At the end of the evening, Jeff and I found each other outside in the parking lot and talked about what Farrakhan had been saying. Jeff is of Italian descent, so he’s got dark curly hair and fairly dark skin, but he still definitely does not look black. His experience was the same as mine, and he wasn’t surprised about that, either. We ended up stopping at a fast food restaurant near the Forum. We used the restrooms, and there was a line in the ladies room. Again, I was the only white person. At that point, and only at that time, a woman in line looked at me and said, “you don’t belong here.” That was all she said. The other women in line told her to be quiet, they scolded her. That was it. I didn’t get beaten up, shot at, there was really no disrespect or injustice, but I did, at that moment, up close and next to each other in a line at Carl’s Jr., feel like I was hated by that woman. By that one person. It felt shameful. I felt ashamed. My cheeks turned bright red.

That was 31 years ago, and I not only vividly remember the ugly part of that brief moment (even though it was pretty mild) but, more importantly, the fact that the other women, who were all black, instantly stood up for me. That doesn’t say much for white America, in my opinion. Or maybe it’s just “institutional white America,” because, again, maybe I’m being naive, but I think that if the situation were color – reversed, white people would do the same for “black me” in a line waiting to use the bathroom. Maybe I’m being overly optimistic.

Was I out of my mind? I like to think I wasn’t, and I also like to think that I’d do it again, and with the same absence of fear that I had 31 years ago. I’ll tell you one thing…I’d be afraid to go to a Trump rally. Not because I’d be a target, but because if someone else were a target, I’d probably get myself killed in the process of defending them. Just look at the faces of the people surrounding Shiya and tell me you wouldn’t be scared.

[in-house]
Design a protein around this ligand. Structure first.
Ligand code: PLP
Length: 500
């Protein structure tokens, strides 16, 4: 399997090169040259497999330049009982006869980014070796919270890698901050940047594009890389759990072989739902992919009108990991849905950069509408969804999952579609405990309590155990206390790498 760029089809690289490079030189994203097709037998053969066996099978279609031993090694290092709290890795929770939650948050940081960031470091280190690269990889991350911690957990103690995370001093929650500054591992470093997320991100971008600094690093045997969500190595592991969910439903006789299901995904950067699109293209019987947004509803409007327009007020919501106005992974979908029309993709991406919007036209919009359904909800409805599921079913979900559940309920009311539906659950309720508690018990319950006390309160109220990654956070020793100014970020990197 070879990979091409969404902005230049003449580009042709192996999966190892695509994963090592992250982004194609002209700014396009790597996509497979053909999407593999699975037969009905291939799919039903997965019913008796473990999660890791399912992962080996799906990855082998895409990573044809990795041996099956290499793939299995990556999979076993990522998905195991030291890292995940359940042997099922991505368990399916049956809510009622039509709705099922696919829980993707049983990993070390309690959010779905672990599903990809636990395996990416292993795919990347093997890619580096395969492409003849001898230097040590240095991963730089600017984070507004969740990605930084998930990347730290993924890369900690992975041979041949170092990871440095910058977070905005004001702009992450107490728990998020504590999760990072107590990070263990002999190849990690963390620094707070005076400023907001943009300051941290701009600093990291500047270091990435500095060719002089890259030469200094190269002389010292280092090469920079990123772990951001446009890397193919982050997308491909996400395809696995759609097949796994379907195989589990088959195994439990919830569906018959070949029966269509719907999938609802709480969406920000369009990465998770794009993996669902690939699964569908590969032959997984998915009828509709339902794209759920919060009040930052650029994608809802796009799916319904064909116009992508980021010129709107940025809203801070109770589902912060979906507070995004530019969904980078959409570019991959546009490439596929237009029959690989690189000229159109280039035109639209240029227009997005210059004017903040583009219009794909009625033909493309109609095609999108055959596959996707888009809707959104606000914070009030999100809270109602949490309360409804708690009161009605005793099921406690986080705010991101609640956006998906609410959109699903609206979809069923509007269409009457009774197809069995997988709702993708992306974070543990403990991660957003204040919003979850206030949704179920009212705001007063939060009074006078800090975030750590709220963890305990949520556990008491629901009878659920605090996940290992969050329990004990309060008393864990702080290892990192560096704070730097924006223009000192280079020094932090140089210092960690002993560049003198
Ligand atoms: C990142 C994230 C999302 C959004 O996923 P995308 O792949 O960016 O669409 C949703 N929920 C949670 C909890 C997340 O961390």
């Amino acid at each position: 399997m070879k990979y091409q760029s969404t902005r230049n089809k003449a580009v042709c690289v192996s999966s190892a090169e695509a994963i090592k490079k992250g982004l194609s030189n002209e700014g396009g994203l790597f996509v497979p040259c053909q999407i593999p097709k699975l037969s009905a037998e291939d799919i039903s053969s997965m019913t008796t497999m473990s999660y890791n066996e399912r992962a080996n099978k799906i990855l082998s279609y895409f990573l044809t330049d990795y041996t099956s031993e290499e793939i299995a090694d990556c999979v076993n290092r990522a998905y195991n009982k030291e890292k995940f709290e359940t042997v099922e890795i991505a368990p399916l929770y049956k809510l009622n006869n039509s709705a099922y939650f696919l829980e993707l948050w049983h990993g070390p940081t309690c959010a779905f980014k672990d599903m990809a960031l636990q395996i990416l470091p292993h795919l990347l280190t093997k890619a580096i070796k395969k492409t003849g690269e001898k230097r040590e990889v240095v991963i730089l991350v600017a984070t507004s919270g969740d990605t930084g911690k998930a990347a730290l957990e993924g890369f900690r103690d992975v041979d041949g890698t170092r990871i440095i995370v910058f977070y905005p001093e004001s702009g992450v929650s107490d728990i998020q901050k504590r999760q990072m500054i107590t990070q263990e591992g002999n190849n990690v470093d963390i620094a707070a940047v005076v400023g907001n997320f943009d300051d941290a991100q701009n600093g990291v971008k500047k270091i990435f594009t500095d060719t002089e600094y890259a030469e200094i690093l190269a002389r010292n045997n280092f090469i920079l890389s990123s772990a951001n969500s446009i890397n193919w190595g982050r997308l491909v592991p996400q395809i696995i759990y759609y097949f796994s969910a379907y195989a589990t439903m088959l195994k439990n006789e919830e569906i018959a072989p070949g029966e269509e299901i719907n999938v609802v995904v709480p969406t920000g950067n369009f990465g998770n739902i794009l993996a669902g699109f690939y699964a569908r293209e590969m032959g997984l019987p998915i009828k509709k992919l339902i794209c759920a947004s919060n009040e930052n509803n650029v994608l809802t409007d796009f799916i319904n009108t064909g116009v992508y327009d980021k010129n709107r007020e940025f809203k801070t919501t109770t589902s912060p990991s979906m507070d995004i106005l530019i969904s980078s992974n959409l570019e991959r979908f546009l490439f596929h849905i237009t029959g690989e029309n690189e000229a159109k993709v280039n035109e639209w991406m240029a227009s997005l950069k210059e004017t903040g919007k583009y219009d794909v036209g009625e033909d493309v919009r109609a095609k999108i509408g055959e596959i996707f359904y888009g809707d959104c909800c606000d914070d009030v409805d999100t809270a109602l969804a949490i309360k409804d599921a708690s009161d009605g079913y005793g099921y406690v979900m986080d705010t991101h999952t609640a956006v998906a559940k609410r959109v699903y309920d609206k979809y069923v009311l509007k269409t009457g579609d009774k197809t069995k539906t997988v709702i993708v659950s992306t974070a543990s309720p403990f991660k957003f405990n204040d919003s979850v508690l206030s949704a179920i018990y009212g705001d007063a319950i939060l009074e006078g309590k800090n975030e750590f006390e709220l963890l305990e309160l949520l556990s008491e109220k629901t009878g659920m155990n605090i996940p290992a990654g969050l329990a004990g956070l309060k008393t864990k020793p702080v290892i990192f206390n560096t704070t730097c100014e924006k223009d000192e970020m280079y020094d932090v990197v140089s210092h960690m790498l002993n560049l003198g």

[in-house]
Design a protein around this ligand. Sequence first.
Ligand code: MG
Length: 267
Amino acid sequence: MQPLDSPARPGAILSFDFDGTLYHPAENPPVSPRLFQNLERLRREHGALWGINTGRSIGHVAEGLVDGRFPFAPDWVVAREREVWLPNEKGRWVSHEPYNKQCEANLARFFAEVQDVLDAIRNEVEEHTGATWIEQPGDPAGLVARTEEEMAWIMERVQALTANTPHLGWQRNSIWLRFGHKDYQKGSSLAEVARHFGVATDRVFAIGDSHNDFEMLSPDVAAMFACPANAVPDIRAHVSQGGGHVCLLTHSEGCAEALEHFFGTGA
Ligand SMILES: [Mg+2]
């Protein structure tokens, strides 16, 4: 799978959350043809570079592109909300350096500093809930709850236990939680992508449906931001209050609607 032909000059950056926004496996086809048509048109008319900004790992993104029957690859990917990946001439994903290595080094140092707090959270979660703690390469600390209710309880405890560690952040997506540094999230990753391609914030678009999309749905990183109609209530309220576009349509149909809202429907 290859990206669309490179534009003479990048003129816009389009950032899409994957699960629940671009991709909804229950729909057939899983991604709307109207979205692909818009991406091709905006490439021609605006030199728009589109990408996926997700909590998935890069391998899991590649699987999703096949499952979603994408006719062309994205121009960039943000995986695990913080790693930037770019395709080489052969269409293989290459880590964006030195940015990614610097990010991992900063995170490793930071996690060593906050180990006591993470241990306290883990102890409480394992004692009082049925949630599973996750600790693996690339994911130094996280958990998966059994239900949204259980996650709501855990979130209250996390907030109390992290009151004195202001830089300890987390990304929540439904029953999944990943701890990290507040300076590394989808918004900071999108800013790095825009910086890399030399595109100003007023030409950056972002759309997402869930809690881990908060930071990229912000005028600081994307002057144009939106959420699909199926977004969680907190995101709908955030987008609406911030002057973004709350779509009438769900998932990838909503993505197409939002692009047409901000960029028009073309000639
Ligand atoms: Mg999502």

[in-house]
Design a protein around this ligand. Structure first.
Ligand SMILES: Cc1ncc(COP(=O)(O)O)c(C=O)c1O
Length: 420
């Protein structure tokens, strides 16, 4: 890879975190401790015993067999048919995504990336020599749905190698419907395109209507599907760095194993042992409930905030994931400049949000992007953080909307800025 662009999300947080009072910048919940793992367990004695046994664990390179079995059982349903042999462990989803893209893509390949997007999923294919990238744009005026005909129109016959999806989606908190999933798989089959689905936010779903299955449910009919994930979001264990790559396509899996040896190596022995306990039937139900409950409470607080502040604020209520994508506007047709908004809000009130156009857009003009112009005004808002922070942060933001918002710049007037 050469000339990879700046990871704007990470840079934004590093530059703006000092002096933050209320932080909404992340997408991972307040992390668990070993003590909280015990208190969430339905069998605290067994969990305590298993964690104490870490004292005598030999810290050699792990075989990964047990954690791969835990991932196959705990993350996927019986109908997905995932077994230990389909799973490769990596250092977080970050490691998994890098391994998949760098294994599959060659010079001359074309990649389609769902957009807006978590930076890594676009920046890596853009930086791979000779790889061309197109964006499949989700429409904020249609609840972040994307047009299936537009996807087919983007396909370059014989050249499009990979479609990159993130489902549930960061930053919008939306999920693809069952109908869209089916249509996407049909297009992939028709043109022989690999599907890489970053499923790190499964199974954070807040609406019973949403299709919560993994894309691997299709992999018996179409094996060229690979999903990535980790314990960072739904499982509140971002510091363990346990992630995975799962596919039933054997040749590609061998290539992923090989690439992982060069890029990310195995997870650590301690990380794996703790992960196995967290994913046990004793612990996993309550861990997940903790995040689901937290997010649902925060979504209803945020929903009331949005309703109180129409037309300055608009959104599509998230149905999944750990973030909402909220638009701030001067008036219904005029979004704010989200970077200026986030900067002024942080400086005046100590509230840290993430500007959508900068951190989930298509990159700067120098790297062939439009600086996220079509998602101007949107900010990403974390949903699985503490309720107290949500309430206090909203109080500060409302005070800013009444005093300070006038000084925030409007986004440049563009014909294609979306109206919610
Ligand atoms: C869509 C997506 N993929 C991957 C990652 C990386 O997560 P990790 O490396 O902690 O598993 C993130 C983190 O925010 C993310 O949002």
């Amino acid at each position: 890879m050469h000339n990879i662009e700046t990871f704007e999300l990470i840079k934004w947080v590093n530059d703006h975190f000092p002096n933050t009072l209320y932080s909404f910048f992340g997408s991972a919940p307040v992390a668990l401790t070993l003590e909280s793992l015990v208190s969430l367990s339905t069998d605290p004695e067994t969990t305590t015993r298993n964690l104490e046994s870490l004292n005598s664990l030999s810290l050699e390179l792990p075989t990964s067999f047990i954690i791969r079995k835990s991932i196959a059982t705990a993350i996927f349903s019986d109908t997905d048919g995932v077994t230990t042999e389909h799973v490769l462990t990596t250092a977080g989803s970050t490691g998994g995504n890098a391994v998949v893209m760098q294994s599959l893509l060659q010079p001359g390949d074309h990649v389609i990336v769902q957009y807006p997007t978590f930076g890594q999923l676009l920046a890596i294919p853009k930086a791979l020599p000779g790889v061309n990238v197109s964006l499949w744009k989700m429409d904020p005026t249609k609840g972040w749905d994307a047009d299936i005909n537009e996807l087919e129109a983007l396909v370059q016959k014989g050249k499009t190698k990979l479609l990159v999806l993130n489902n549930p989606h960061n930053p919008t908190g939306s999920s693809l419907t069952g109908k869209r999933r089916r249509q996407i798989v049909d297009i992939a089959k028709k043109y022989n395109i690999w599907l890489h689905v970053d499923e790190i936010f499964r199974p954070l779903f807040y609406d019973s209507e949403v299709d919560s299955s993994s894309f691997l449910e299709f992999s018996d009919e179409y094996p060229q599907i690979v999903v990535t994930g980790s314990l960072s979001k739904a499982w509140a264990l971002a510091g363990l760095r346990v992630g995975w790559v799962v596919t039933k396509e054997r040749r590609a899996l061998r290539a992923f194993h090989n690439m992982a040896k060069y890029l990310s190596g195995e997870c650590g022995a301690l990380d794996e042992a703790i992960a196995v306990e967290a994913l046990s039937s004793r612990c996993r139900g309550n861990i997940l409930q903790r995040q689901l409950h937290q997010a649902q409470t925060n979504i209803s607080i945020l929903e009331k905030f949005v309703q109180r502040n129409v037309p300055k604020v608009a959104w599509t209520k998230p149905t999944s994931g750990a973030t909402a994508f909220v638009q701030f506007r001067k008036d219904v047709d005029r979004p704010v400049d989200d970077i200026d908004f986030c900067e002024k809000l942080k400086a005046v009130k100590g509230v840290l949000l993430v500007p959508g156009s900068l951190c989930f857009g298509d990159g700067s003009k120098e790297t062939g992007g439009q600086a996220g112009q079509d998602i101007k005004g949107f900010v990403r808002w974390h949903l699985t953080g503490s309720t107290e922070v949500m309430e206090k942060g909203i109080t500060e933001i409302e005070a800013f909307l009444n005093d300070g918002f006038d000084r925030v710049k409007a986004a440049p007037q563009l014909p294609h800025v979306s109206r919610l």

So I’ve had that “gift” of being the only white person in a large gathering, neighborhood, or event (in Washington D.C. where I went to graduate school, in Los Angeles where USC is located next door to Watts, and in San Francisco where I grew up) quite a few times. I say “gift” because it’s invaluable to be able to experience, if only briefly, what others feel, and for them, it’s every day.

Shiya will be inextricably attached to videos that show her being treated badly, with the look of contempt clearly etched on all those white faces as they either shoved her, or stood by idiotically, just watching her get bullied. It’s especially disturbing to see the anger/delight/disgust toward her so clearly on display, even on a senior citizen veteran’s face.

It brings tears to my eyes for young Shiya, even as I type this. I can look at the YouTube video of the Louis Farrakhan event from 1985 and, even all these years later, still be amazed and glad that I was there, and still be moved by what I saw and felt way back then. Even though Farrakhan’s sense of racial injustice and anger wasn’t my experience, I don’t get to own it or claim it as “my issue,” and even though I did not belong there, I couldn’t help but be moved by his message. I wish I could switch memories with Shiya, who is, like I was, a young and impressionable college student with so much ahead of her. And even though I just said that we are all basically the same, that we call come from the same place, I like to think that I’m not at all similar to those people who just stood by and allowed others to treat her that way.